Consideration and analysis—subsidizing

[207] In making a determination under paragraph 76.03(7)(a) of SIMA as to whether the expiry of the orders in respect of goods from the E.U. is likely to result in the continuation or resumption of subsidizing of the goods, the CBSA may consider factors identified in subsection 37.2(1) of the SIMR, as well as any other factors relevant in the circumstances.

[208] Guided by the factors in the SIMR, the CBSA reviewed the documentation submitted by the various participants and considered the information on the administrative record. The continued subsidizing while the orders were in effect is considered to be the most relevant to the analysis with respect to the likelihood of continued or resumed subsidizing.

Likelihood of continued or resumed subsidizing—European Union

[209] As mentioned previously, sugar producers in the E.U. are supported by a sugar regime that is administered as part of the Common Agricultural Policy (CAP) by the Commission of the European Communities. The current version of the CAP was established in 2013 and has been applied over the 2014‑2020 period.Footnote 179 The E.U. sugar policy currently in effect is outlined in Regulation (E.U.) No 1308/2013 of the European Parliament and of the Council of December 17, 2013 establishing a common organisation of the markets in agricultural products. On October 1, 2017, E.U. sugar production quotas were removed which represented 13.5 million tonnes per year, along with the minimum beet prices and WTO‑mandated export limitation.Footnote 180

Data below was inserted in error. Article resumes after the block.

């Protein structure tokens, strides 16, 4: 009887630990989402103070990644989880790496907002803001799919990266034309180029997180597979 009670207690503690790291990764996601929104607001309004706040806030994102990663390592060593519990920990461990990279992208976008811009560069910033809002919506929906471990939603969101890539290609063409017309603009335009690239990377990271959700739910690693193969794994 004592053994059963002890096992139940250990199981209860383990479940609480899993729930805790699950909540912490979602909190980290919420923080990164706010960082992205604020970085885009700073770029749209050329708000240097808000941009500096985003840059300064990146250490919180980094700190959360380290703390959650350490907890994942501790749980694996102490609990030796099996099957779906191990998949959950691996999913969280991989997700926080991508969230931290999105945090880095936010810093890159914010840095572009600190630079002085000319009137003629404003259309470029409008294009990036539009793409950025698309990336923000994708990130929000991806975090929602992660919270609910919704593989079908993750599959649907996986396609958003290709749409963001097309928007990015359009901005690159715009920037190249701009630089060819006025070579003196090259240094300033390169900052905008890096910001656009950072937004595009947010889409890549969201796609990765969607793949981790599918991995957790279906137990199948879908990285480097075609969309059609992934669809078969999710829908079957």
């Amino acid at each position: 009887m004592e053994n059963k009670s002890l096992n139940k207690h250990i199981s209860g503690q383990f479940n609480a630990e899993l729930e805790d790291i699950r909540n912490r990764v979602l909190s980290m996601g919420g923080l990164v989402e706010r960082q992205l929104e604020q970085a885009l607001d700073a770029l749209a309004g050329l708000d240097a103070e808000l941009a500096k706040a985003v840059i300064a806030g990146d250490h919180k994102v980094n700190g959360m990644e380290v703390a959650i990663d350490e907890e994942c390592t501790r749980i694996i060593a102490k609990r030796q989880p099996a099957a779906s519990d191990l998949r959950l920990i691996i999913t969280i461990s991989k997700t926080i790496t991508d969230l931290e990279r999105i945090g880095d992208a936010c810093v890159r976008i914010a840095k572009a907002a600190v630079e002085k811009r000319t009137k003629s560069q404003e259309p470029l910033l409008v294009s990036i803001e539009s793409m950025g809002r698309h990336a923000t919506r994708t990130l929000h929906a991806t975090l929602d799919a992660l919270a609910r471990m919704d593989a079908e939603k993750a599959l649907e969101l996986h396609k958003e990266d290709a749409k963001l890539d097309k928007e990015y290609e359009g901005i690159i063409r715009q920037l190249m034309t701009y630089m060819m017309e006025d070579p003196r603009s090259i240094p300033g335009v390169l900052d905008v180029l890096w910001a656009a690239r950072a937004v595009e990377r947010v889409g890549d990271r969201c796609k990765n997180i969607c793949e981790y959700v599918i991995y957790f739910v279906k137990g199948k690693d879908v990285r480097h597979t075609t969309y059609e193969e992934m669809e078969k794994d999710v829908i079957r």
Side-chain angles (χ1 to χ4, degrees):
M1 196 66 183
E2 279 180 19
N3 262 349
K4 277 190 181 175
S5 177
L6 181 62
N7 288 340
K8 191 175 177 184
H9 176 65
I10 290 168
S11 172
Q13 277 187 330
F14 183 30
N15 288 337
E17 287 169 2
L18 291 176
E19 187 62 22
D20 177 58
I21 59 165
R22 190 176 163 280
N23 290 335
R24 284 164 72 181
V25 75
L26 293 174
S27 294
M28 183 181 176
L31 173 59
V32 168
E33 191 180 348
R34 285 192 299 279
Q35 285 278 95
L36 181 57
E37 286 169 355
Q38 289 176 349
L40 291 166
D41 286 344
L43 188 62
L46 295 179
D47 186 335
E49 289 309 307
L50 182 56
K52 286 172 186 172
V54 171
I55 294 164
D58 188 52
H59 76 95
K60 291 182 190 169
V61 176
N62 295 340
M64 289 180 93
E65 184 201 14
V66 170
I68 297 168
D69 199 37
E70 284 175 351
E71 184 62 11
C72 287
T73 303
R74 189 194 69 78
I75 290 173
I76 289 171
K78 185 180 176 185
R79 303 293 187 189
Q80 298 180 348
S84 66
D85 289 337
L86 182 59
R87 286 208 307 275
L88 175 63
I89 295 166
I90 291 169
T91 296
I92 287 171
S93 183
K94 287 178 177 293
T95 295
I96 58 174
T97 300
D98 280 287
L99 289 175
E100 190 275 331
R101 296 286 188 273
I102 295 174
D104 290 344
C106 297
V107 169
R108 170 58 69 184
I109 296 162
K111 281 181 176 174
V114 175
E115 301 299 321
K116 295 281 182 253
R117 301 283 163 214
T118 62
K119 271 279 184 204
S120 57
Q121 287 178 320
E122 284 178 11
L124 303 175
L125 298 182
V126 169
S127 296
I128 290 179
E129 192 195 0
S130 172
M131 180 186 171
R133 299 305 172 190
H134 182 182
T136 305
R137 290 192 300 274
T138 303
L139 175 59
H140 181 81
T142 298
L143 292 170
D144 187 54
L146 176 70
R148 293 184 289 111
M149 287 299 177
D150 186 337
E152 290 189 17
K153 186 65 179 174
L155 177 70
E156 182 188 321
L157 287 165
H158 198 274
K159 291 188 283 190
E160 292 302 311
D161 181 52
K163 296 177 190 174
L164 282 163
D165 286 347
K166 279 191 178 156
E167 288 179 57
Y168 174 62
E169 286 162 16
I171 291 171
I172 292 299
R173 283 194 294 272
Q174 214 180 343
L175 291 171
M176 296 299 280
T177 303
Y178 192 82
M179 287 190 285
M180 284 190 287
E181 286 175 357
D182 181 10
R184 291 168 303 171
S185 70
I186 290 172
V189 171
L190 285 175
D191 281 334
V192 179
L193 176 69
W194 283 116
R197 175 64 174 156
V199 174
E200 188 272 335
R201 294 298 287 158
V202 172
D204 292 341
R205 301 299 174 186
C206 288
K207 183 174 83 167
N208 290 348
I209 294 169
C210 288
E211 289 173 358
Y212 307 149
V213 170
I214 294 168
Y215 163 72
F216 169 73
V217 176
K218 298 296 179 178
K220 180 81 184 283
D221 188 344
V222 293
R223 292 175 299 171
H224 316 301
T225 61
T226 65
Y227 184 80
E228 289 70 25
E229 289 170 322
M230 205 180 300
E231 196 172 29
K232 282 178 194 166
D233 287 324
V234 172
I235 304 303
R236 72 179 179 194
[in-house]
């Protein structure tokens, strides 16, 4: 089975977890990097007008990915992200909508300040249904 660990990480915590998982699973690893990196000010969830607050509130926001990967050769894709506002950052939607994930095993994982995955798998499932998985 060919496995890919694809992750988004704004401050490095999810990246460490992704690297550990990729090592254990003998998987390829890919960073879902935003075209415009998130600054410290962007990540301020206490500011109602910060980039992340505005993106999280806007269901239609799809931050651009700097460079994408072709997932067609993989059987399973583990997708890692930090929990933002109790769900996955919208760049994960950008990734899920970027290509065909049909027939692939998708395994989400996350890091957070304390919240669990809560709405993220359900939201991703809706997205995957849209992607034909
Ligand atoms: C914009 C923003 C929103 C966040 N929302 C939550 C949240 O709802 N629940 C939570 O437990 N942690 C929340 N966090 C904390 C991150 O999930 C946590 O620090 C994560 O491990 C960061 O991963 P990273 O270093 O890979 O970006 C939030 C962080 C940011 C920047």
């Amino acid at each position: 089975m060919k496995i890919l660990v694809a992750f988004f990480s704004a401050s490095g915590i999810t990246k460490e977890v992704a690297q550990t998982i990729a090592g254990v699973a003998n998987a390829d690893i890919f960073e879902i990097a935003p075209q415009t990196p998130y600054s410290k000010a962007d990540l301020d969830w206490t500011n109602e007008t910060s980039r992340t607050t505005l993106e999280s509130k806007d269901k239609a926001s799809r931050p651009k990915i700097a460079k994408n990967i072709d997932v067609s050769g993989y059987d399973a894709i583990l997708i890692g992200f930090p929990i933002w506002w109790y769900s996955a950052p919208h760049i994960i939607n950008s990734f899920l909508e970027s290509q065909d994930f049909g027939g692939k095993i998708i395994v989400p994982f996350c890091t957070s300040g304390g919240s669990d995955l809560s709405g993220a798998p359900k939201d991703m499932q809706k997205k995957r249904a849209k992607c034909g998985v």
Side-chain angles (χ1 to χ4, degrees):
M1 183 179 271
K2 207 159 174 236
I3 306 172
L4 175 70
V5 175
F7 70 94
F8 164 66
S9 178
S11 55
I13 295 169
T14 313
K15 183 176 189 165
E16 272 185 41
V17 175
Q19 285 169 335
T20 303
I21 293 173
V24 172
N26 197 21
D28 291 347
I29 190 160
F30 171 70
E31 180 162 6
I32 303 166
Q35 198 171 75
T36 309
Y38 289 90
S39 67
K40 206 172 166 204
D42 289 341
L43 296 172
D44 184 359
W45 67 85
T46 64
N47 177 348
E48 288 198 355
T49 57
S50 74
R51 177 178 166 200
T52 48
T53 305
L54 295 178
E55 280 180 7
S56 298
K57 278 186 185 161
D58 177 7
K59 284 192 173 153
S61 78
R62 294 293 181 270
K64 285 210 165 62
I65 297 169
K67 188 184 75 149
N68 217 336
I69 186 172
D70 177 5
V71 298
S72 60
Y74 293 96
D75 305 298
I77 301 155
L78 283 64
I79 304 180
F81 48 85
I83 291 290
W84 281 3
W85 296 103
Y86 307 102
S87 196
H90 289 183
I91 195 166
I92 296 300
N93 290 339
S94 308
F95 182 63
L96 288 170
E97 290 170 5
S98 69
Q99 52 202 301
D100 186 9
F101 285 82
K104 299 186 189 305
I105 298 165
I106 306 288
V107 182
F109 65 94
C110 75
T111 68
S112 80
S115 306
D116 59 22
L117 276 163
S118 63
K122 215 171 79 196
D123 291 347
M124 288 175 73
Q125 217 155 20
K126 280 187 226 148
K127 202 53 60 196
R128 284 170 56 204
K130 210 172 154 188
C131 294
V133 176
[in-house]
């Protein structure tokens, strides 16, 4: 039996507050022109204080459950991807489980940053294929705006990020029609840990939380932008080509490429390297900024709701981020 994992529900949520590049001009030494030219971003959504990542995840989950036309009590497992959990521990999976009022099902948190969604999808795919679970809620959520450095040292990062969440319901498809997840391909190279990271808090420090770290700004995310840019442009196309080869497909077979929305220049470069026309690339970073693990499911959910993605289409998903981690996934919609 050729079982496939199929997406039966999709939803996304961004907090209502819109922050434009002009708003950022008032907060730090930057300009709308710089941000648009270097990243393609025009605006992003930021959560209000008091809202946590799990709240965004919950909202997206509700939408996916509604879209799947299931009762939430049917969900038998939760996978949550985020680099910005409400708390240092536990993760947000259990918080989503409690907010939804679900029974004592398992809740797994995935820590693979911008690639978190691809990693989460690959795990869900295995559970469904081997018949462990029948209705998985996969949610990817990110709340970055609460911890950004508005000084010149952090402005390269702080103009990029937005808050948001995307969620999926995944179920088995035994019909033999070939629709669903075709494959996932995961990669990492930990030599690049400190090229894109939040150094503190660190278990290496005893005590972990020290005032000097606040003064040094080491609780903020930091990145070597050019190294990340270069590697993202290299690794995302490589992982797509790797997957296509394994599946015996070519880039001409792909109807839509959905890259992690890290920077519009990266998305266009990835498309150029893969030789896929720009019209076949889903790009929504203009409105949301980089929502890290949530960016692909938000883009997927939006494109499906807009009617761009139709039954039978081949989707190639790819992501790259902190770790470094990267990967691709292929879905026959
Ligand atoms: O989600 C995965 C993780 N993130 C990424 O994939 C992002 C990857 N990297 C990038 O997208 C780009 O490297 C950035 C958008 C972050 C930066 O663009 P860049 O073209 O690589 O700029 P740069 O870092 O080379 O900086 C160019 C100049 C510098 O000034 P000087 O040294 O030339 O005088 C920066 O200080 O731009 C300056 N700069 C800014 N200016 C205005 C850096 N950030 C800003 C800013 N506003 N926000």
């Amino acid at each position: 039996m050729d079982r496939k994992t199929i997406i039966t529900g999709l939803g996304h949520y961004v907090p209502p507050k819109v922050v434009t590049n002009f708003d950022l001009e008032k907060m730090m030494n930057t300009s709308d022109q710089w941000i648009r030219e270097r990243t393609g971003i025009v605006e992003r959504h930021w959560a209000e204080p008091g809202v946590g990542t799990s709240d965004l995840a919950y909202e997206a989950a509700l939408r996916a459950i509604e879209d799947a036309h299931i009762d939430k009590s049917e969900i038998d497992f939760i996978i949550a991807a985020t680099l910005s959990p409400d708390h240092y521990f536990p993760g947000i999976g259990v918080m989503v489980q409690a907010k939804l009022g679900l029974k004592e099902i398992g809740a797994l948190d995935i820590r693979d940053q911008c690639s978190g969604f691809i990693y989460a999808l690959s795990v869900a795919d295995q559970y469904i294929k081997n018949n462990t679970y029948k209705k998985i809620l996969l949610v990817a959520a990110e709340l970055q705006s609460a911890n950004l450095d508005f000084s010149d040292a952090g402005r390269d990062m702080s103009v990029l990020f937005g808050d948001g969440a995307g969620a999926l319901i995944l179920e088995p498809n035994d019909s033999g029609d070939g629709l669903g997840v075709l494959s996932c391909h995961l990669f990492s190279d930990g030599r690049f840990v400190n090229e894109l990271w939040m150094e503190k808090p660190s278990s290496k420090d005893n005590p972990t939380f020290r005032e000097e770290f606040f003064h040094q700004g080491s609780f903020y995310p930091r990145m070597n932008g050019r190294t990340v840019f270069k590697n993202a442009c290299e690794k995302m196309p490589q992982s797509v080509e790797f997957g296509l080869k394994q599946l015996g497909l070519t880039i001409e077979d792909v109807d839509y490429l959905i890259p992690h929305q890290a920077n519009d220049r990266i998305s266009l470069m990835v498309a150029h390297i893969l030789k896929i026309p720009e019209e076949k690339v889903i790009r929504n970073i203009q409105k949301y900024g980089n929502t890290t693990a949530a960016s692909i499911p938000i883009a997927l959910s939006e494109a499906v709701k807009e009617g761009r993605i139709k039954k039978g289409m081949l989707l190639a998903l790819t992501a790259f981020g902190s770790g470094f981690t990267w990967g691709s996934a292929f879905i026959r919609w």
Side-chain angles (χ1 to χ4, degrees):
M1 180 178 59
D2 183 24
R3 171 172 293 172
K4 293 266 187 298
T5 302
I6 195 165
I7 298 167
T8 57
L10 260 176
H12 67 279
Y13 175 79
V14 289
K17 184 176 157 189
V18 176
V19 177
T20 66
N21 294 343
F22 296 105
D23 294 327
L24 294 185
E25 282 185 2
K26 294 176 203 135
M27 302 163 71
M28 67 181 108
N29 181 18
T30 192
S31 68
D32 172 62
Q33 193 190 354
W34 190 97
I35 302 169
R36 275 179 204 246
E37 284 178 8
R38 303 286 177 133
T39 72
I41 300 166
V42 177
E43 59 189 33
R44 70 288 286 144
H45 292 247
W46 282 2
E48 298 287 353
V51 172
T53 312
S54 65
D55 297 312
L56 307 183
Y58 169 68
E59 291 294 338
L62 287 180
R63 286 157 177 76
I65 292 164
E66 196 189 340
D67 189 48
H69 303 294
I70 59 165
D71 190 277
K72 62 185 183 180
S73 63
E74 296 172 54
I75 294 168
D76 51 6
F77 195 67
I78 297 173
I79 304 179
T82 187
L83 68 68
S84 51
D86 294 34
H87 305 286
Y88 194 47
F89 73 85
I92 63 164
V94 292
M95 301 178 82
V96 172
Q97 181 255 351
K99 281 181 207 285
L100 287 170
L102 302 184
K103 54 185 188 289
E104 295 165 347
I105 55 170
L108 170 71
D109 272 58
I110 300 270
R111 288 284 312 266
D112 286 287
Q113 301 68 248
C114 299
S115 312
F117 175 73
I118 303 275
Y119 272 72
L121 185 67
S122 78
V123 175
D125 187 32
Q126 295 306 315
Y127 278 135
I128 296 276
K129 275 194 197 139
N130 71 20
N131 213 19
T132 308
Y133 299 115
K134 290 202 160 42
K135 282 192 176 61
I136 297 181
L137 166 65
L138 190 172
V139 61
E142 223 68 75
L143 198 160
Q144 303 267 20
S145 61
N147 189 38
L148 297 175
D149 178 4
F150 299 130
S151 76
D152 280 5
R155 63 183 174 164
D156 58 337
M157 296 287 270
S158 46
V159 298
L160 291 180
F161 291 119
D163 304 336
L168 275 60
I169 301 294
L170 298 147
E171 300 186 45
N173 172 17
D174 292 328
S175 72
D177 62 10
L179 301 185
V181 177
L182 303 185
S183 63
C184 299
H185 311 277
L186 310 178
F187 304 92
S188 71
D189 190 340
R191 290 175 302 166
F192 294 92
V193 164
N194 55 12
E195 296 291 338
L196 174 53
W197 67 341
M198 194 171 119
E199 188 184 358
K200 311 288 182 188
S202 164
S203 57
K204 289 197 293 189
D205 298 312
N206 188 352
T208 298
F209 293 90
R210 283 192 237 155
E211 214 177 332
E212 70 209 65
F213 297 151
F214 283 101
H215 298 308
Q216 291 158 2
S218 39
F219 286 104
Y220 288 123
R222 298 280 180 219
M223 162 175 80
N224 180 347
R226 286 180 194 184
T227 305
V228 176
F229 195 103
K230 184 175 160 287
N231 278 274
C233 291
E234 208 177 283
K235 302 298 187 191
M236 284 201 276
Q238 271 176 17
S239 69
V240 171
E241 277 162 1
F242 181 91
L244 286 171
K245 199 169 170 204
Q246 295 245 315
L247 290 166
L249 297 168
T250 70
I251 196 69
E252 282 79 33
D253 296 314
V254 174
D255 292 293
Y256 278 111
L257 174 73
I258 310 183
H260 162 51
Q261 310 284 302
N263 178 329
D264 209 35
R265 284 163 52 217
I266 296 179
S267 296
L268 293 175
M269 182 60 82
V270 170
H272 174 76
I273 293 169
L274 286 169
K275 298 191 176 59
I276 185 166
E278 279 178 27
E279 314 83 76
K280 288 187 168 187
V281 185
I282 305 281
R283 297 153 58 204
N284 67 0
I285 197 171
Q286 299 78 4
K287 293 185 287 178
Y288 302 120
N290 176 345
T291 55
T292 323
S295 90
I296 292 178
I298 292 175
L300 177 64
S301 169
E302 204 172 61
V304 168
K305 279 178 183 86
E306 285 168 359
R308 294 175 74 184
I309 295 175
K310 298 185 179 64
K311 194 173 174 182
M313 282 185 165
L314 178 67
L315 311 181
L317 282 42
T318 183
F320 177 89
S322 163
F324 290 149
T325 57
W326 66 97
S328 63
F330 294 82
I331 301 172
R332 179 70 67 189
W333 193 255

Continued subsidizing while the orders were in effect

[210] The CBSA concluded its last subsidy re‑investigation on September 4, 2014, which updated the amount of subsidy applicable to refined sugar from the E.U. The amount of countervailing duty is currently set at EUR 24.39 per 100kg, which remains unchanged since the last expiry review.

[211] The CSI argues that various measures from the CAP can be used to continue supporting the E.U. sugar sector to mitigate unexpected market disturbances. Evidence on the record shows the distortive effects, massive surplus production and increased exports in 2017/2018, caused by the decoupled support and VCS subsidies, which remain in effect.Footnote 181

[212] Both the CEFS and Südzucker argued in their submissions that export refunds have been suspended since September 2008.Footnote 182 The CBSA agrees with the position stated by the CEFS and Südzucker, and at the last re‑investigation, an amount of subsidy for export refunds was not included in the calculation of the overall amount of subsidy for the E.U.